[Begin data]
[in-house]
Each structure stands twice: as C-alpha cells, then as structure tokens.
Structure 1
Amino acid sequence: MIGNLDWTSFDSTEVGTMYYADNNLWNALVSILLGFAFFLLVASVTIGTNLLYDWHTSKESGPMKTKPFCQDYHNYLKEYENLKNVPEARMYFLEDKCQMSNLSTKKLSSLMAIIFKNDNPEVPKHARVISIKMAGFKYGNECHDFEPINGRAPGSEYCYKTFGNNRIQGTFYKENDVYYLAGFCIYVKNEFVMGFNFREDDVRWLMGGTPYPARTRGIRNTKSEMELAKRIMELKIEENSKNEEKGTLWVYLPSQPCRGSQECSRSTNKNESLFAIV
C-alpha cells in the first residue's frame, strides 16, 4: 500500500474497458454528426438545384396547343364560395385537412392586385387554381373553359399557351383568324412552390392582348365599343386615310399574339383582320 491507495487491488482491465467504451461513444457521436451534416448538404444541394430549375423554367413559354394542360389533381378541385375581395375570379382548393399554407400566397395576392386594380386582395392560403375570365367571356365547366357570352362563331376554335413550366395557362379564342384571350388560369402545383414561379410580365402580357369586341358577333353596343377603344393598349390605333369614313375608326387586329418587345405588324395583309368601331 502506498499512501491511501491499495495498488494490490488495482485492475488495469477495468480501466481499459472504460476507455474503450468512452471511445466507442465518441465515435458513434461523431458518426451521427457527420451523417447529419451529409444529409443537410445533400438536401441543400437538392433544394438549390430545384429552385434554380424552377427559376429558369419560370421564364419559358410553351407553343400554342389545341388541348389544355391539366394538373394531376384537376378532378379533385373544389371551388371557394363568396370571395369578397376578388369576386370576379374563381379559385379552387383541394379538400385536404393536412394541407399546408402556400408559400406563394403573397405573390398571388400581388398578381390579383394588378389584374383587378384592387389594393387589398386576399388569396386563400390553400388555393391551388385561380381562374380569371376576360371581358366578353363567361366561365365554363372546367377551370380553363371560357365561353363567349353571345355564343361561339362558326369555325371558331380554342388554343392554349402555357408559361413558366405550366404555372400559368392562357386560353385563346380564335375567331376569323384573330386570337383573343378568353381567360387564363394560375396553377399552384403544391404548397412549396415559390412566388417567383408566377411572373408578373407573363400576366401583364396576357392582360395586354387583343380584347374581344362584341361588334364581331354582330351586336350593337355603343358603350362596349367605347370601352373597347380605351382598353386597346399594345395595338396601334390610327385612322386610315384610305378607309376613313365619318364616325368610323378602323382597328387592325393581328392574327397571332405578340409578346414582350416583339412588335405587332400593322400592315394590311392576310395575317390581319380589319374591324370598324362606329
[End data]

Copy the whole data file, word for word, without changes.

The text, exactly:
[in-house]
Each structure stands twice: as C-alpha cells, then as structure tokens.
Structure 1
Amino acid sequence: MIGNLDWTSFDSTEVGTMYYADNNLWNALVSILLGFAFFLLVASVTIGTNLLYDWHTSKESGPMKTKPFCQDYHNYLKEYENLKNVPEARMYFLEDKCQMSNLSTKKLSSLMAIIFKNDNPEVPKHARVISIKMAGFKYGNECHDFEPINGRAPGSEYCYKTFGNNRIQGTFYKENDVYYLAGFCIYVKNEFVMGFNFREDDVRWLMGGTPYPARTRGIRNTKSEMELAKRIMELKIEENSKNEEKGTLWVYLPSQPCRGSQECSRSTNKNESLFAIV
C-alpha cells in the first residue's frame, strides 16, 4: 500500500474497458454528426438545384396547343364560395385537412392586385387554381373553359399557351383568324412552390392582348365599343386615310399574339383582320 491507495487491488482491465467504451461513444457521436451534416448538404444541394430549375423554367413559354394542360389533381378541385375581395375570379382548393399554407400566397395576392386594380386582395392560403375570365367571356365547366357570352362563331376554335413550366395557362379564342384571350388560369402545383414561379410580365402580357369586341358577333353596343377603344393598349390605333369614313375608326387586329418587345405588324395583309368601331 502506498499512501491511501491499495495498488494490490488495482485492475488495469477495468480501466481499459472504460476507455474503450468512452471511445466507442465518441465515435458513434461523431458518426451521427457527420451523417447529419451529409444529409443537410445533400438536401441543400437538392433544394438549390430545384429552385434554380424552377427559376429558369419560370421564364419559358410553351407553343400554342389545341388541348389544355391539366394538373394531376384537376378532378379533385373544389371551388371557394363568396370571395369578397376578388369576386370576379374563381379559385379552387383541394379538400385536404393536412394541407399546408402556400408559400406563394403573397405573390398571388400581388398578381390579383394588378389584374383587378384592387389594393387589398386576399388569396386563400390553400388555393391551388385561380381562374380569371376576360371581358366578353363567361366561365365554363372546367377551370380553363371560357365561353363567349353571345355564343361561339362558326369555325371558331380554342388554343392554349402555357408559361413558366405550366404555372400559368392562357386560353385563346380564335375567331376569323384573330386570337383573343378568353381567360387564363394560375396553377399552384403544391404548397412549396415559390412566388417567383408566377411572373408578373407573363400576366401583364396576357392582360395586354387583343380584347374581344362584341361588334364581331354582330351586336350593337355603343358603350362596349367605347370601352373597347380605351382598353386597346399594345395595338396601334390610327385612322386610315384610305378607309376613313365619318364616325368610323378602323382597328387592325393581328392574327397571332405578340409578346414582350416583339412588335405587332400593322400592315394590311392576310395575317390581319380589319374591324370598324362606329